Another bookend. We are in the beginning chapters of the Great Story. Themes are being introduced, foundations laid, as well as foreshadows of what’s to come. In the final chapters of the Great Story, John is given a Revelation of the throne room of heaven.

Those gathered worship singing. Then I looked and heard the voice of many angels, numbering thousands upon thousands, and ten thousand times ten thousand. They encircled the throne and the living creatures and the elders. In a loud voice they were saying:

“Worthy is the Lamb, who was slain,
    to receive power and wealth and wisdom and strength
    and honor and glory and praise!”

Then I heard every creature in heaven and on earth and under the earth and on the sea, and all that is in them, saying:

“To him who sits on the throne and to the Lamb
    be praise and honor and glory and power,
for ever and ever!”

The story of Abraham is the seminal event in what will ultimately be God’s act of redemption. Abraham blazes the trail of faith. Abraham foreshadows what God is going to do. Abraham’s faith echoes through history past, it resonates through the crucified Christ, and it is transmitted into the prophesied future.

God will provide the Lamb.

If you know anyone who might be encouraged by today’s post, please share.

“Realize that You’re Already Dead”

lamb tatThey triumphed over [the dragon]
    by the blood of the Lamb
    and by the word of their testimony;
they did not love their lives so much
    as to shrink from death.
Revelation 12:11 (NIV)

Over the past several years the television miniseries Band of Brothers has become one of my all time favorites. This morning while reading I was reminded of a character in Band of Brothers, Captain Ronald Speirs, played by Matthew Settle. Captain Speirs becomes notorious for risking his own life and taking outrageous chances in battle. In one of my favorite scenes, there is a night that Speirs finds himself talking to a young soldier who, unlike Speirs, admits to fearfully hiding in a ditch to avoid battle. “The only hope you have,” Speirs tells the young soldier, “is to realize that you’re already dead.”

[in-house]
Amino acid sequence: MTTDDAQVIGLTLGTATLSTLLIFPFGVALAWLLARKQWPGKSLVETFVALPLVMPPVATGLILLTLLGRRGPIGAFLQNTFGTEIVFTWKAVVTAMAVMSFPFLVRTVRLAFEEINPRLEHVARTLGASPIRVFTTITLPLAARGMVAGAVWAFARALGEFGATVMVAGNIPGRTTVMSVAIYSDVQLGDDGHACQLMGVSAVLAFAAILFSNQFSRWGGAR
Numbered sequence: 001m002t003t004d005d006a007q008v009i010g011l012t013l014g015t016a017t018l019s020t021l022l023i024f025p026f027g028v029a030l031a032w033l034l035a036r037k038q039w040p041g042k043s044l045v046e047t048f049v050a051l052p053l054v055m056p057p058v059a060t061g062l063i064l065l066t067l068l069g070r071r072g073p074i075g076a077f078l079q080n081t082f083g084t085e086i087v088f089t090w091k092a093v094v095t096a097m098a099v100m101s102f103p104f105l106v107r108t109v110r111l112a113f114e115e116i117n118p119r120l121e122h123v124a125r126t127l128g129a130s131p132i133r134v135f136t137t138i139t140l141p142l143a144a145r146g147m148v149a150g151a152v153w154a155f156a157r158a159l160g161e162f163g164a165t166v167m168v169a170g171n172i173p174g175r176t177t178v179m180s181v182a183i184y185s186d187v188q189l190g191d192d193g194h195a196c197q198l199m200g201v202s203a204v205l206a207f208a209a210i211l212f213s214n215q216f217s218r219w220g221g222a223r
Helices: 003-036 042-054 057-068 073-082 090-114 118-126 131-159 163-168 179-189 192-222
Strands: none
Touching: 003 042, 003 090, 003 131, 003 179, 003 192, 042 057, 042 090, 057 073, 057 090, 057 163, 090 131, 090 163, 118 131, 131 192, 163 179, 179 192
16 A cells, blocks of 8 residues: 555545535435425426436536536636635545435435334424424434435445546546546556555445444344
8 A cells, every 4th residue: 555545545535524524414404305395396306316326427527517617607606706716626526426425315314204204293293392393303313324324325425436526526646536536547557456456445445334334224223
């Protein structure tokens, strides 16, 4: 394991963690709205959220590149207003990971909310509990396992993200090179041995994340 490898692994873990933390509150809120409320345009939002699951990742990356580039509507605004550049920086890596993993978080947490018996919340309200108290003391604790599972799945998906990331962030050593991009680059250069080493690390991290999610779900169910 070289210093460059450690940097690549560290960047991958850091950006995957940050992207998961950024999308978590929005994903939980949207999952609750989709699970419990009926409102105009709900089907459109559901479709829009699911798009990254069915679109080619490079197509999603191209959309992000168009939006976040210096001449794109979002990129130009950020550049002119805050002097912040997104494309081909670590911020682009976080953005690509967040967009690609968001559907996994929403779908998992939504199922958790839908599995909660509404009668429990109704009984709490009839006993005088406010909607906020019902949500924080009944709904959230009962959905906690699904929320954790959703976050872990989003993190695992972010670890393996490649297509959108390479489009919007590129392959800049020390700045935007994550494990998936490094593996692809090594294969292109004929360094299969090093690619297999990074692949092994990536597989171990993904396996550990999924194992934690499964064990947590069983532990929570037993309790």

Along the journey I’ve come to recognize that there are many truths of the Spirit realm that run counter to the physical realm. Captain Speirs actually made a profound statement that points to a spiritual truth. When we consider ourselves truly dead to our own self-centered motivations, desires, words, and actions we find ourselves free to experience a fullness of Life and a courage to move forward that would not otherwise be possible nor seem reasonable. Jesus said that there was no greater love than when someone lays down their life for others. I’ve come to realize that “laying down your life” sometimes means making the ultimate sacrifice like a soldier in batter, but it also means a day-by-day choice to lay down self-centric motivations for the service of others.

In today’s chapter, the loud, heavenly voice proclaims that the ultimate triumph of good over evil was made possible, not by might or power, but by sacrifice: the blood of the Lamb (Jesus) who laid down His life for all, and those followers who did not cling to their lives or shrink from death.

Coincidentally, I have the verse above tattooed on my left shoulder. It serves as a daily reminder to me to, moment-by-moment, live in such a way that I sacrifice myself so that I might be able to pour a greater share of love and life into others. Some days I do better than others, but I’m still pressing on.

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Some Things Earned; Some Things Given

btw, Rev 5:5 is tatted on my right shoulder!
Personal Trivia:I have a Rev 5:5 tat!

Then one of the elders said to me, “Do not weep! See, the Lion of the tribe of Judah, the Root of David, has triumphed. He is able to open the scroll and its seven seals.”
Revelation 5:5 (NIV)